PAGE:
Taking the theory of PLE and CIL and applying it to the classroom will pose challenges to both educators and learners. Educators must recognize new forms of knowledge, be willing to use them, modify their instruction model to incorporate them, teach learners how to access them, and embrace the idea that “Traditional research assignments fail to capture these broad and lived experiences of inquiry within modern information landscapes” (Hicks & Sinkinson, 2015, p. 5). Both educators and learners can find more satisfaction in the learning process by broadening the information landscape. In turn, scholarship will be transformed from a one-way information highway into a sea of flowing information of active participants. This transformation may include social discussion boards, blogs, wikis, and micropublishing; the challenge for both educators and learners is to perceive these new tools as valid for gaining knowledge. As some resources may be questionable, learners’ practiced skills of evaluation and the analytic process gained from this innovative model of learning will give them the ability to think critically and make appropriate choices.

Aside from any budget or physical limitations, the biggest barrier to inhibit successful exploration will happen at the staff level. In libraries many of the PLE and CIL learning take place in Makerspaces or Learning Labs that can be produced at a small or large scale through grant funding. Staff are at the heart of the function and success of these spaces. They are key to facilitating a fun and adequate learning environment in accordance with students’ changing needs. The rate at which technology advances and the changes that teaching roles will experience require staff who “must be learners themselves, who are flexible and able to adapt to the changing environment and technologies. They must facilitate learning for diverse users and be knowledgeable about theories of teaching and learning as well as user needs and behaviors” (Koh & Abbas, 2015, p. 114). Without proper staffing these spaces will be unsustainable and unsuccessful.

As learning systems continue to change and develop, it is important to step back and consider what components of the traditional approach should be protected and maintained. Traditional approaches now fall short of satisfying student needs because of its “inability to engage students authentically in conversation with other thinkers and writers…students fail to understand their own voice in inquiry as a conversation they can enter” (Hicks & Sinkinson, 2015, p.3). The components of information literacy to identify, locate and evaluate information are still important to maintain as the nature of information continues to change and mold itself into new forms. PLE and CIL learning is not abandoning traditional learning systems altogether, but rather creatively addressing shortcomings of traditional approaches. The biggest criticisms were based on how inquiry was taught. PLE and CIL move inquiry to the forefront and at a much earlier age when children are engaged authentically in a way relevant to their lives and realities.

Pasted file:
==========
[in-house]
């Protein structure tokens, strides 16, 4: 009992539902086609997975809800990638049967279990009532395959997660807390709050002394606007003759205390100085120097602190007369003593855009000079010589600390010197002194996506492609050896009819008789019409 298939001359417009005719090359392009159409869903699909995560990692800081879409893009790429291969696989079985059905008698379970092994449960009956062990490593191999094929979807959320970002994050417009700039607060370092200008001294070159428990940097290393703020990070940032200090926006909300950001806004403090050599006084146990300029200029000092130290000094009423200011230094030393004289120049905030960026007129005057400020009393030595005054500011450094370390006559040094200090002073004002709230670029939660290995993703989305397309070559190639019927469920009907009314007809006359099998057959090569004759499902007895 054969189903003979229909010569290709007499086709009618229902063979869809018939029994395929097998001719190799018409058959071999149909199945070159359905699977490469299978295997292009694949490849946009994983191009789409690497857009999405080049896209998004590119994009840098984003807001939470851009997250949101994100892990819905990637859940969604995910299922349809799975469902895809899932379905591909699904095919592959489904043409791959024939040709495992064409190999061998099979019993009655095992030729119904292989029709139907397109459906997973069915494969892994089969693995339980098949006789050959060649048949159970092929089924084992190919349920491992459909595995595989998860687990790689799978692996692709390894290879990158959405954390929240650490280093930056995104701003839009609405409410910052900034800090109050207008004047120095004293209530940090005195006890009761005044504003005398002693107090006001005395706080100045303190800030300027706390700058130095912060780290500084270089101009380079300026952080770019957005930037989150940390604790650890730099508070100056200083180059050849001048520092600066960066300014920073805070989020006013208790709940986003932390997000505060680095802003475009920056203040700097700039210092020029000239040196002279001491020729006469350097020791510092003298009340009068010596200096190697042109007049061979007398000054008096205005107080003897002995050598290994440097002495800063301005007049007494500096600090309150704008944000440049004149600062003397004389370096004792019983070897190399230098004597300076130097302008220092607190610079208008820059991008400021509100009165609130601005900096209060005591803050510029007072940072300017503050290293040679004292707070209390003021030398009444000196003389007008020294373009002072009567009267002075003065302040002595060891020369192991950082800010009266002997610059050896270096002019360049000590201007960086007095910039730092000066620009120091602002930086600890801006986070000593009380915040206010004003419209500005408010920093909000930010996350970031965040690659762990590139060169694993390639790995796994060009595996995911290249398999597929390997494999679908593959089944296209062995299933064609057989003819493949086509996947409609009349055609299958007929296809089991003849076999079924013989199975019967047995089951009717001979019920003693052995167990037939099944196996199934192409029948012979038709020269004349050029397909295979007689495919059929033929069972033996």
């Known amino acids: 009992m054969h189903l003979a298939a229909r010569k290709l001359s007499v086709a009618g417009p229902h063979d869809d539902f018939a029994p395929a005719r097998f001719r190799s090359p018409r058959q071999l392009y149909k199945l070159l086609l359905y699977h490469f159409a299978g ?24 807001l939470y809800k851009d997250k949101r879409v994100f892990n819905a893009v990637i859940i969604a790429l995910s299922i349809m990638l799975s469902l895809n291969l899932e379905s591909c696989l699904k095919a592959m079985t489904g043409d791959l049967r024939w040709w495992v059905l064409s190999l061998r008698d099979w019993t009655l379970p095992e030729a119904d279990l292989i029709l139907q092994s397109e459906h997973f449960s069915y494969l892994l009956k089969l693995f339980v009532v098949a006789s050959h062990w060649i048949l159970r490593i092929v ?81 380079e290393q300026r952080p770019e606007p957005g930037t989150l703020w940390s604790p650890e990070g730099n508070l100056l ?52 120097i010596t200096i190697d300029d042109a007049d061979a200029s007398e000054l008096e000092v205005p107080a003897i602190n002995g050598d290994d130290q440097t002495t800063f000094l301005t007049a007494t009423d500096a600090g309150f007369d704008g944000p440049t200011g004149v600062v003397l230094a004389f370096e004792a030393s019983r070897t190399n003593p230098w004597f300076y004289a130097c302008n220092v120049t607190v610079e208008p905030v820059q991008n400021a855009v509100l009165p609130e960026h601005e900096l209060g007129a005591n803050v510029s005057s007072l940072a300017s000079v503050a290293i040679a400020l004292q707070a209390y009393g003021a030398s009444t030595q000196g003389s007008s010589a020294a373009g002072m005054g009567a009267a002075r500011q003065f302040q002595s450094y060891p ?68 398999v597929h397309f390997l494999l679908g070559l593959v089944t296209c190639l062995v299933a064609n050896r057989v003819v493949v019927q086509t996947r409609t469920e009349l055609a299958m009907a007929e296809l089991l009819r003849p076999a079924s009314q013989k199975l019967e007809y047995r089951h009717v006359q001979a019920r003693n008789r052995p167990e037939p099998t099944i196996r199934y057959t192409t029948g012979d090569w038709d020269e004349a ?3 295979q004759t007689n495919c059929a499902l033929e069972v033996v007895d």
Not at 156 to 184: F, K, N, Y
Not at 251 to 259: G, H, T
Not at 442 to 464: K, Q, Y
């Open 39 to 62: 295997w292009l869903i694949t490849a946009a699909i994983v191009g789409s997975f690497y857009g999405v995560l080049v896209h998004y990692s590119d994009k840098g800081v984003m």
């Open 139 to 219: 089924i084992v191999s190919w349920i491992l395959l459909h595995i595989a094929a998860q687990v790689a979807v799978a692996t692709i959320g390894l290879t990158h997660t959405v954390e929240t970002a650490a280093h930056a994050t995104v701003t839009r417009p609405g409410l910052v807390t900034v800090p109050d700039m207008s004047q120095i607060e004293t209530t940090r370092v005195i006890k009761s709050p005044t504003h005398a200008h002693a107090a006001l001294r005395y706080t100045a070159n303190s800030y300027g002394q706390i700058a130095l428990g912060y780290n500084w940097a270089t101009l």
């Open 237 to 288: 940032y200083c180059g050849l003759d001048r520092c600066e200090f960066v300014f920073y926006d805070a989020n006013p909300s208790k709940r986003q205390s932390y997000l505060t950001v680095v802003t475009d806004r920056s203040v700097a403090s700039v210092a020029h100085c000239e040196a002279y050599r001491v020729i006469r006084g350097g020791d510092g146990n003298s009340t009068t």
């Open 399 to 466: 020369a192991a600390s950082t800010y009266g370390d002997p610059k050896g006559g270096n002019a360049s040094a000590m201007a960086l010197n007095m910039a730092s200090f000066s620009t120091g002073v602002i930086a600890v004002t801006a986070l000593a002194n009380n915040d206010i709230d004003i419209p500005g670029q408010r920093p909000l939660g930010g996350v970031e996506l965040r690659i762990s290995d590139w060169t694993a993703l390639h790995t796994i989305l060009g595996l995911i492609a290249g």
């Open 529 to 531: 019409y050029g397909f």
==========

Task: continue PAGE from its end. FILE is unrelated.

References:

Attwell, G. (2010). Personal learning environments and Vygotsky. Retrieved from: http://www.pontydysgu.org/2010/04/personal-learning-environments-and-vygotsky

Hicks, A. & Sinkinson, C. (2015). Critical connections: Personal learning environments and information literacy. Research in Learning Technology, 23, p. 1-12. Retrieved from: http://www.researchinlearningtechnology.net/

Koh, K. & Abbas, J. (2015). Competencies for information professionals in learning labs and makerspaces. Journal of Education for Library and Information Science, 56(2), p. 114-129. Retrieved from: http://www.alise.org/

Luke, A. & Kapitzke, C. (1999). Literacies and libraries: Archives and cybraries. Pedagogy, Culture and Society, 7(3), p. 467-491. Retrieved from: http://www.tandfonline.com/